To begin with there were the English-language acts: the socially conscious and always entertaining Remo Fernandes, feisty Mumbai gal Jasmine Bharucha, Bangalore metalheads Millennium and Delhi band Parikrama, to name a few. Mumbai’s Colourblind came and went in a blink but left a significant mark in their slickly produced, self-titled album. The Hindi movement was more prolific, however—there was money in the national language. Suneeta Rao had a bunch of videos, most notably the evocative Pari. Alisha Chinai channelled Biddu’s cheesed-up compositions, Daler Mehndi convinced south Indians to go Punjabi, Baba Sehgal melded gibberish with some form of rap and Raageshwari liberally flashed her pearly whites while singing a song that her daddy wrote for a video that her bhaiya directed. Lucky Ali permeated the airwaves with some of the most refreshing songs and sounds we’d heard in a long time. And Colonial Cousins mashed classical idiom with pop sensibilities delivered in easy morsels.
Channel V, meanwhile, had edged its way into the music broadcast spectrum and was giving the unseated-and- relaunched American music television giant a run for its pixels. By this time, however, broadcasting principles had suffered something of a setback. Raageshwari’s video seemed like a barely veiled commercial for a cola behemoth. Just a few years earlier both music channels would have sent the beta videotape right back to the sender. Not so any more. They seemed quite comfortable with the cola company’s ubiquitous red-and-white logo screaming out from behind the prancing Raageshwari.
That, right there, heralded a change in philosophy.
The second half of the 1990s saw the beginning of the end of music TV as we had briefly known it. Hindi pop soon saw its demise along with the record companies that tried to inflict upon people a slew of half-baked semi-talents.
But rock ‘n’ roll never dies.
The decade continued to see more and more indie music emerge from bedrooms and hostels. Whether boasting a video or not, bands were playing across the country. Kerala’s 13AD—with the virtuosic Eloy on guitar— crossed paths with my band (now called Indus Creed, renamed around the time we released our video Pretty Child) in different parts of the country more than a few times. Kolkata’s Shiva worked their way through the cover band circuit of the east and north-east. Other Kolkata bands, such as New Horizon and Krosswindz, saw line-ups alter and morph…but they plodded on.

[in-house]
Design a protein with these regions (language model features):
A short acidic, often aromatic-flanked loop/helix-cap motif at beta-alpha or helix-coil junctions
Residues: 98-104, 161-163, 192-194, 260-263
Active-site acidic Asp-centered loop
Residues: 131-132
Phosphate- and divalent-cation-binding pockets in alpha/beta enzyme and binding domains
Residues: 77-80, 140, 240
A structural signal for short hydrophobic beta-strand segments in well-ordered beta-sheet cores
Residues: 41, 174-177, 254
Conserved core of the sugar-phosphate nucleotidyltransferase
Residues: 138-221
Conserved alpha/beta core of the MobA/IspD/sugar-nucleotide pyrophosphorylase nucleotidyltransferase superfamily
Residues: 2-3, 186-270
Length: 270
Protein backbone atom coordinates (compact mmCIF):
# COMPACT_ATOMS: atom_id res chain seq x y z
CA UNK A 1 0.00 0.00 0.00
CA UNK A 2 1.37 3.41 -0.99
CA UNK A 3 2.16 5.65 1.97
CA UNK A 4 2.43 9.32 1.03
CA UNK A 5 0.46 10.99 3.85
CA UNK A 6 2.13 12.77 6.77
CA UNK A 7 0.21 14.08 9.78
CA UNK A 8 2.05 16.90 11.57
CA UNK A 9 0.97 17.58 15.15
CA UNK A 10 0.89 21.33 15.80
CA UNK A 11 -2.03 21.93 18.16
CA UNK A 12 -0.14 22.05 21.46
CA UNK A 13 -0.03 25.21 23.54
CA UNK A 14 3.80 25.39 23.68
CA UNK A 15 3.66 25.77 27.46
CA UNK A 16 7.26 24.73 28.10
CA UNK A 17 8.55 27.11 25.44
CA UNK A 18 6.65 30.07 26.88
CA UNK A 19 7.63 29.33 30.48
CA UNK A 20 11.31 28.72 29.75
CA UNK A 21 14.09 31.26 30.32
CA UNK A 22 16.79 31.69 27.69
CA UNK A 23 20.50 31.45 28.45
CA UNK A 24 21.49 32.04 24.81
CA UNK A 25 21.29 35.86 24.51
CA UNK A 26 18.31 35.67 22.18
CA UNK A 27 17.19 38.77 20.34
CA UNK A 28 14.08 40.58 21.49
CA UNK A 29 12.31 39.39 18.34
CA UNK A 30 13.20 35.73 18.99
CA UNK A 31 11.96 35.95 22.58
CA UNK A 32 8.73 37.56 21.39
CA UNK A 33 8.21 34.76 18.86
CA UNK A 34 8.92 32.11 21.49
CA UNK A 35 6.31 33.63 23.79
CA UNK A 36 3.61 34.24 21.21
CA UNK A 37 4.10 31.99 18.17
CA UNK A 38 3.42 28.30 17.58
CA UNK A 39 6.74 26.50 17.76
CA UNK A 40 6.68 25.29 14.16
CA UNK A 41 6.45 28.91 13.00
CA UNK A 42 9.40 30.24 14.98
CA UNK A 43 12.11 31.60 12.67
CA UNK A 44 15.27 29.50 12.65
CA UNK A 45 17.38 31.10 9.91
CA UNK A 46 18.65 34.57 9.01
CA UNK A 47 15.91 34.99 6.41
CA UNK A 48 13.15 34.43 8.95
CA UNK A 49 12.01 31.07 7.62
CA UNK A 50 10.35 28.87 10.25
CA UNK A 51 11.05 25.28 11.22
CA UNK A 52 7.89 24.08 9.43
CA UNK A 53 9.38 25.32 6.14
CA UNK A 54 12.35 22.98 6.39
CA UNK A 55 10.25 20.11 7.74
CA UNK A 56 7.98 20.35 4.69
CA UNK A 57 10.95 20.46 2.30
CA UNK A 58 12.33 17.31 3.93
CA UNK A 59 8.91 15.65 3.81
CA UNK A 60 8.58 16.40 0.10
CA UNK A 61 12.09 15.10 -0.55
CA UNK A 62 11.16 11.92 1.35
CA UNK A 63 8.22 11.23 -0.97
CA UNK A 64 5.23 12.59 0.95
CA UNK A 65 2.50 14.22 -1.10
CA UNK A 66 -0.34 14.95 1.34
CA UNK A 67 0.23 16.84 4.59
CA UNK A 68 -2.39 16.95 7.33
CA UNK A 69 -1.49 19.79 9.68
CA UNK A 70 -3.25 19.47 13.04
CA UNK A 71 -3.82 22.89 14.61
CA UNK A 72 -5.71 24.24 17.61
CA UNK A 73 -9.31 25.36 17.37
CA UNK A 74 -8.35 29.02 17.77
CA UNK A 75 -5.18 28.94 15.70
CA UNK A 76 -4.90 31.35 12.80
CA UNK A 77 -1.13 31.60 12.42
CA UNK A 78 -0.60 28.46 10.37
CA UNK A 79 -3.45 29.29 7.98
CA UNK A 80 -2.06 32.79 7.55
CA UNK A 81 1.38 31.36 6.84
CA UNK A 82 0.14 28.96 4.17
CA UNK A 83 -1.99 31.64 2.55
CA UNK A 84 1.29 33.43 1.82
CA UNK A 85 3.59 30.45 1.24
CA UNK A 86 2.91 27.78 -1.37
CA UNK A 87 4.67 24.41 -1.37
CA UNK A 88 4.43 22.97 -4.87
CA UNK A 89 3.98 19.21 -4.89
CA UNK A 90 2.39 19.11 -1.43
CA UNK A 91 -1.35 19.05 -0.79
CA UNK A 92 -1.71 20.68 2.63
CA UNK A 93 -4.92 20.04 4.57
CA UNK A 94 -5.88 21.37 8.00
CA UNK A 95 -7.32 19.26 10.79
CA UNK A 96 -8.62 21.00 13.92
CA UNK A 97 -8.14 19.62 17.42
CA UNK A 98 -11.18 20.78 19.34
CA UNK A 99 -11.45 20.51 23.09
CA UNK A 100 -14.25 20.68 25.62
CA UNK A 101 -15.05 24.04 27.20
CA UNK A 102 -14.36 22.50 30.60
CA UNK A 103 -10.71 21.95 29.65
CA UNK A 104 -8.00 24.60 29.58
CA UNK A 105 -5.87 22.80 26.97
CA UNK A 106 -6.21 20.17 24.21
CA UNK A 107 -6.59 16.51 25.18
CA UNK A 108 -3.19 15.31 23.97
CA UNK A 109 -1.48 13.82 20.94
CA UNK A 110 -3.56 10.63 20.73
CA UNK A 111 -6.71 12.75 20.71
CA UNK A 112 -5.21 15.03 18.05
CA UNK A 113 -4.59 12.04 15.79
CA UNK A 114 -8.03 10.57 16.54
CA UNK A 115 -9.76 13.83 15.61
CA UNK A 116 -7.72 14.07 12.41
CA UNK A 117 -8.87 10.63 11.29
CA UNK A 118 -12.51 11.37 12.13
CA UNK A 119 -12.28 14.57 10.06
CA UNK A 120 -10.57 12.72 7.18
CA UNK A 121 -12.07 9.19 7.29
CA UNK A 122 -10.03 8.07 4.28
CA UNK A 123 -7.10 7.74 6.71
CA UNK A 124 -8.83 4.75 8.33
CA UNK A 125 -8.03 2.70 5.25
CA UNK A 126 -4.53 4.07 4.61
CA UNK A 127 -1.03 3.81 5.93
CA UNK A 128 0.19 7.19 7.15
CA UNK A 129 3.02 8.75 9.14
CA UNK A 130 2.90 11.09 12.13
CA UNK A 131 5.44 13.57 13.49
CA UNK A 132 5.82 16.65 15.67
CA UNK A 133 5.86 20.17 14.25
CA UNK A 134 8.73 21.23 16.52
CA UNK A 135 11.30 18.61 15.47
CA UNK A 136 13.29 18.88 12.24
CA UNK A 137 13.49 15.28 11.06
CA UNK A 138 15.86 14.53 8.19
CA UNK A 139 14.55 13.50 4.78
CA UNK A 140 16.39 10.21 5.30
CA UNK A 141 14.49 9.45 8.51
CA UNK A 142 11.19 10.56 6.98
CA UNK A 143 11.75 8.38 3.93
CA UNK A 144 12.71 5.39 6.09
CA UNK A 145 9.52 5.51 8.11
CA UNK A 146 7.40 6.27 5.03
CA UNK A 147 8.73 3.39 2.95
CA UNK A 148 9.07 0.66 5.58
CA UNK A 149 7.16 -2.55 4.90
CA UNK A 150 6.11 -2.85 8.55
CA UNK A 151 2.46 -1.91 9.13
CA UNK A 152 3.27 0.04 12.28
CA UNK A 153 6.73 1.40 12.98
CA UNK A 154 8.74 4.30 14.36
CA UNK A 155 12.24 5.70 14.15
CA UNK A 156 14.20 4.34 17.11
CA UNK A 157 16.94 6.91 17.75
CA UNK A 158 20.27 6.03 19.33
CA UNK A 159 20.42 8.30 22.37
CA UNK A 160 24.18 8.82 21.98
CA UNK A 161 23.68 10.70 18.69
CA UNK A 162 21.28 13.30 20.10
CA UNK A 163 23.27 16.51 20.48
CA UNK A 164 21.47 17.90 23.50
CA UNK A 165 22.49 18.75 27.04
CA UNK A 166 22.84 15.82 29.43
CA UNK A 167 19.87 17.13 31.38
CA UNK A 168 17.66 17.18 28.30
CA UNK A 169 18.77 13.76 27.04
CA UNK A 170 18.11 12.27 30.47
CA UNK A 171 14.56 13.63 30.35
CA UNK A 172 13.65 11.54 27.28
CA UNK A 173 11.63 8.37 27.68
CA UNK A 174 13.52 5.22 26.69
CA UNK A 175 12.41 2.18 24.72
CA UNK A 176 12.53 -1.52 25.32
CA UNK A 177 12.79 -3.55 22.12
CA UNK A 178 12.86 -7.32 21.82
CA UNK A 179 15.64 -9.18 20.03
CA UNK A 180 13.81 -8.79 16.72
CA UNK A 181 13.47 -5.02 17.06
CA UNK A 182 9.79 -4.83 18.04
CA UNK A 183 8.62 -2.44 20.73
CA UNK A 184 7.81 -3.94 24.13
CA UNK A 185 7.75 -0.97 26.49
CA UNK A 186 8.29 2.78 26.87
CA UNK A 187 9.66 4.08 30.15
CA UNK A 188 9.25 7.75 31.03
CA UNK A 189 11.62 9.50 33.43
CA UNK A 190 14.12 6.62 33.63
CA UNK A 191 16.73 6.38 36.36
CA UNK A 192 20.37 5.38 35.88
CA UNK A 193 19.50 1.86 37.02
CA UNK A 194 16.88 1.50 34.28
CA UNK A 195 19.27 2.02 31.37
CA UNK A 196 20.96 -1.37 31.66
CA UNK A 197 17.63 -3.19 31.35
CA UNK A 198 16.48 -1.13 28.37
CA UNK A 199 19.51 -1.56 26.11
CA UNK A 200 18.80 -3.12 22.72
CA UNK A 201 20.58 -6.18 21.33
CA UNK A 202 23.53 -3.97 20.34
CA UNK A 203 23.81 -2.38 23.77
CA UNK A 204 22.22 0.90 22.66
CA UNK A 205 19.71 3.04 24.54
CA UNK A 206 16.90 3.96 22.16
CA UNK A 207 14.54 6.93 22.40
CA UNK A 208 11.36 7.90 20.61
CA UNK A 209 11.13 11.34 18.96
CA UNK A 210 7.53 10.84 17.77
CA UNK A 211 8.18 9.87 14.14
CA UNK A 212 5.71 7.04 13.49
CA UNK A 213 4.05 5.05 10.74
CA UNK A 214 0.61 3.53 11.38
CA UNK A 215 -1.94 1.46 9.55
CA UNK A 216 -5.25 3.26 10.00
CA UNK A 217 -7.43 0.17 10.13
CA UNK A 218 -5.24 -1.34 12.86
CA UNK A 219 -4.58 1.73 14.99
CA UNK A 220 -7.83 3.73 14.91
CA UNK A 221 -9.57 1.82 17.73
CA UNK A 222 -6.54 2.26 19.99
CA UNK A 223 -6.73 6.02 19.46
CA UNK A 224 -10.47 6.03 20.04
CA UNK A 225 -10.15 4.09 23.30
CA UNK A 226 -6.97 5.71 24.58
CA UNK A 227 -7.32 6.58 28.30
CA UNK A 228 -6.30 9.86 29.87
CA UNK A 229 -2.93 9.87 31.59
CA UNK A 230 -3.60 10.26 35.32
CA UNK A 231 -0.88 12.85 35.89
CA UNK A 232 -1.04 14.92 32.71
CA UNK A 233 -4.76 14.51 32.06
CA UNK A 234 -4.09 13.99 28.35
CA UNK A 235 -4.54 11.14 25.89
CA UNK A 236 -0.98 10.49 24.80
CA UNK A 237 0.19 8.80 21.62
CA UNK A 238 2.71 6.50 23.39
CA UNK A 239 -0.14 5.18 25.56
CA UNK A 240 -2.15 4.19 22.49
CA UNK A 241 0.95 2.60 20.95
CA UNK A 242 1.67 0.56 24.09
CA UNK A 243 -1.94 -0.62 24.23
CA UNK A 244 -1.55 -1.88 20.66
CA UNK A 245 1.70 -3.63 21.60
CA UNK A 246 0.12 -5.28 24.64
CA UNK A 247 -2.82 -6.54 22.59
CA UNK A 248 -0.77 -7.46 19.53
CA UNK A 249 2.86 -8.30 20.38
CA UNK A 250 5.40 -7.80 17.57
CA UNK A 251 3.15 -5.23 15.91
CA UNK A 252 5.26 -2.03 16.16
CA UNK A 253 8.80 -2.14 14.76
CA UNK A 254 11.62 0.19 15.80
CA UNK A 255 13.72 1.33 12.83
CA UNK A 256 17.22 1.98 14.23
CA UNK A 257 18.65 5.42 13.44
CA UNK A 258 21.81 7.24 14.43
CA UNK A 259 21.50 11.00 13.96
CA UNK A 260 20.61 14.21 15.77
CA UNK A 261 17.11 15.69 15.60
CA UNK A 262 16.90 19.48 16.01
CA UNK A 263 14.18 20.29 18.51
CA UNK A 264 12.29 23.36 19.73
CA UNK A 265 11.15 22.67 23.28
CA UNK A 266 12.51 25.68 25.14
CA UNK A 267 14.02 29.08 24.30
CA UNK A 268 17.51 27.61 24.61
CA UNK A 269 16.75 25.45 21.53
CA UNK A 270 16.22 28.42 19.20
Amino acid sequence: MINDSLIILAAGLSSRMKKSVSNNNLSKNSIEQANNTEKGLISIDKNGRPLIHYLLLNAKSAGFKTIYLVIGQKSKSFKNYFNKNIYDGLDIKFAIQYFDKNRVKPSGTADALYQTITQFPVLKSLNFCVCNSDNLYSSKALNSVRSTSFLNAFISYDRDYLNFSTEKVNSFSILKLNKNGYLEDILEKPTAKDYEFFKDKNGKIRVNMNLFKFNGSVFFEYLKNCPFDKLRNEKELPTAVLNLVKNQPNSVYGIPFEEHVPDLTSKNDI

Some artistes found their way to Bollywood. Remo’s voice was first imprinted on A.R. Rahman’s Humma Humma to great success. He managed to milk that opportunity without subverting his own independence, a rare feat to achieve when the lure of lucre is so high. Other indie music aspirants crossed the fence, totally and without remorse: KK took his soaring voice and used it well in Bollywood, briefly interjecting his flourishing career with a couple of non-filmi pop albums. Mohit Chauhan, a current Bollywood fave, found his way to playback after the end of Silk Route, the Hindi folk-rock act he sang for. Vishal Dadlani, of the Bollywood power-pair Vishal-Shekhar, spent his early music years as the founder and frontman of Pentagram, the industrial-rock band that was born in the ashes of the decade.
Pentagram still exists, Remo still plays, we relaunched Indus Creed last year after a 12-year hiatus, and there is frequent talk of Lucky Ali returning with new material.
The 1990s were a period of unceasing change, much of it turbulent. It saw the rapid rise of a wildly fertile scene, and its equally quick decline. But the milestones set then still poke their heads above the potholed path. Independent, non-Bollywood music is seeing an unprecedented fecundity these days. Whether that’s despite or because of the 1990s will remain moot.
Uday Benegal is a musician and writer, and the frontman of the band Indus Creed.